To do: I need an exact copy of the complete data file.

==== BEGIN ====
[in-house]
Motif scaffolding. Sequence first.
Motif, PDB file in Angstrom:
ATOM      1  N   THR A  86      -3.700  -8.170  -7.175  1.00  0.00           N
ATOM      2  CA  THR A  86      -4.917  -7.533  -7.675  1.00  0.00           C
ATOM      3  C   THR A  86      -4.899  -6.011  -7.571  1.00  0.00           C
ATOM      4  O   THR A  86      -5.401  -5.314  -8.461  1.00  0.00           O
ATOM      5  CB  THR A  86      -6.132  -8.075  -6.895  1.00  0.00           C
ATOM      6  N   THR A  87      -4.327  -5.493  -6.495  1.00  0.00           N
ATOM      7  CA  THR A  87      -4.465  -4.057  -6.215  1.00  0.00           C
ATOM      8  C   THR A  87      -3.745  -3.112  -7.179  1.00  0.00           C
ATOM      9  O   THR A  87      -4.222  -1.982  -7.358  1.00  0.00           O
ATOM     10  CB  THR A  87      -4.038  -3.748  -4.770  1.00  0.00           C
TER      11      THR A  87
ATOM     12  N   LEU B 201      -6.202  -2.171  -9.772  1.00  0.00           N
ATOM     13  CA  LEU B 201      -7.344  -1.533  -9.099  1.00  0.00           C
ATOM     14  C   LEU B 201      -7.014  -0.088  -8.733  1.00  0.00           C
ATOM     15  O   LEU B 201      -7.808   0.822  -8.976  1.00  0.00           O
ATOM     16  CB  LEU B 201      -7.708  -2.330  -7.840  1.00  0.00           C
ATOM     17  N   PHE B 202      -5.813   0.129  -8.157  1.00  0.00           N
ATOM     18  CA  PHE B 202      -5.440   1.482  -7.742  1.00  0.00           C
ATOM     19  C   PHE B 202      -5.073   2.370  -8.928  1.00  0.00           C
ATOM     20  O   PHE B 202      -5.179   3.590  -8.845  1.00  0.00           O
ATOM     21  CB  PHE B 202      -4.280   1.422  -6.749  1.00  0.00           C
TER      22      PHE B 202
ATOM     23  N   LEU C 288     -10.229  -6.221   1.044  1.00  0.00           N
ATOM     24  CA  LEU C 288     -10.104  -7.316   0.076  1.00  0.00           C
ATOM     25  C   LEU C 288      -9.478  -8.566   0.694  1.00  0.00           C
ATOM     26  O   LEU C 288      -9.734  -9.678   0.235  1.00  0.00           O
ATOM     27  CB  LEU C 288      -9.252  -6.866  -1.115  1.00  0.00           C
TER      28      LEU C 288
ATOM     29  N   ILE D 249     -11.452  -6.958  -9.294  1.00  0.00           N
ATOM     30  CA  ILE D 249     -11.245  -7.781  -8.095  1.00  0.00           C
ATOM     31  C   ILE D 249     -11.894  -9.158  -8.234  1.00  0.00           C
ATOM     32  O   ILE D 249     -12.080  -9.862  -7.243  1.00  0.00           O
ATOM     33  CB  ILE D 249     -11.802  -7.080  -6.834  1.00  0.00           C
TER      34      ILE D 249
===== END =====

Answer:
[in-house]
Motif scaffolding. Sequence first.
Motif, PDB file in Angstrom:
ATOM      1  N   THR A  86      -3.700  -8.170  -7.175  1.00  0.00           N
ATOM      2  CA  THR A  86      -4.917  -7.533  -7.675  1.00  0.00           C
ATOM      3  C   THR A  86      -4.899  -6.011  -7.571  1.00  0.00           C
ATOM      4  O   THR A  86      -5.401  -5.314  -8.461  1.00  0.00           O
ATOM      5  CB  THR A  86      -6.132  -8.075  -6.895  1.00  0.00           C
ATOM      6  N   THR A  87      -4.327  -5.493  -6.495  1.00  0.00           N
ATOM      7  CA  THR A  87      -4.465  -4.057  -6.215  1.00  0.00           C
ATOM      8  C   THR A  87      -3.745  -3.112  -7.179  1.00  0.00           C
ATOM      9  O   THR A  87      -4.222  -1.982  -7.358  1.00  0.00           O
ATOM     10  CB  THR A  87      -4.038  -3.748  -4.770  1.00  0.00           C
TER      11      THR A  87
ATOM     12  N   LEU B 201      -6.202  -2.171  -9.772  1.00  0.00           N
ATOM     13  CA  LEU B 201      -7.344  -1.533  -9.099  1.00  0.00           C
ATOM     14  C   LEU B 201      -7.014  -0.088  -8.733  1.00  0.00           C
ATOM     15  O   LEU B 201      -7.808   0.822  -8.976  1.00  0.00           O
ATOM     16  CB  LEU B 201      -7.708  -2.330  -7.840  1.00  0.00           C
ATOM     17  N   PHE B 202      -5.813   0.129  -8.157  1.00  0.00           N
ATOM     18  CA  PHE B 202      -5.440   1.482  -7.742  1.00  0.00           C
ATOM     19  C   PHE B 202      -5.073   2.370  -8.928  1.00  0.00           C
ATOM     20  O   PHE B 202      -5.179   3.590  -8.845  1.00  0.00           O
ATOM     21  CB  PHE B 202      -4.280   1.422  -6.749  1.00  0.00           C
TER      22      PHE B 202
ATOM     23  N   LEU C 288     -10.229  -6.221   1.044  1.00  0.00           N
ATOM     24  CA  LEU C 288     -10.104  -7.316   0.076  1.00  0.00           C
ATOM     25  C   LEU C 288      -9.478  -8.566   0.694  1.00  0.00           C
ATOM     26  O   LEU C 288      -9.734  -9.678   0.235  1.00  0.00           O
ATOM     27  CB  LEU C 288      -9.252  -6.866  -1.115  1.00  0.00           C
TER      28      LEU C 288
ATOM     29  N   ILE D 249     -11.452  -6.958  -9.294  1.00  0.00           N
ATOM     30  CA  ILE D 249     -11.245  -7.781  -8.095  1.00  0.00           C
ATOM     31  C   ILE D 249     -11.894  -9.158  -8.234  1.00  0.00           C
ATOM     32  O   ILE D 249     -12.080  -9.862  -7.243  1.00  0.00           O
ATOM     33  CB  ILE D 249     -11.802  -7.080  -6.834  1.00  0.00           C
TER      34      ILE D 249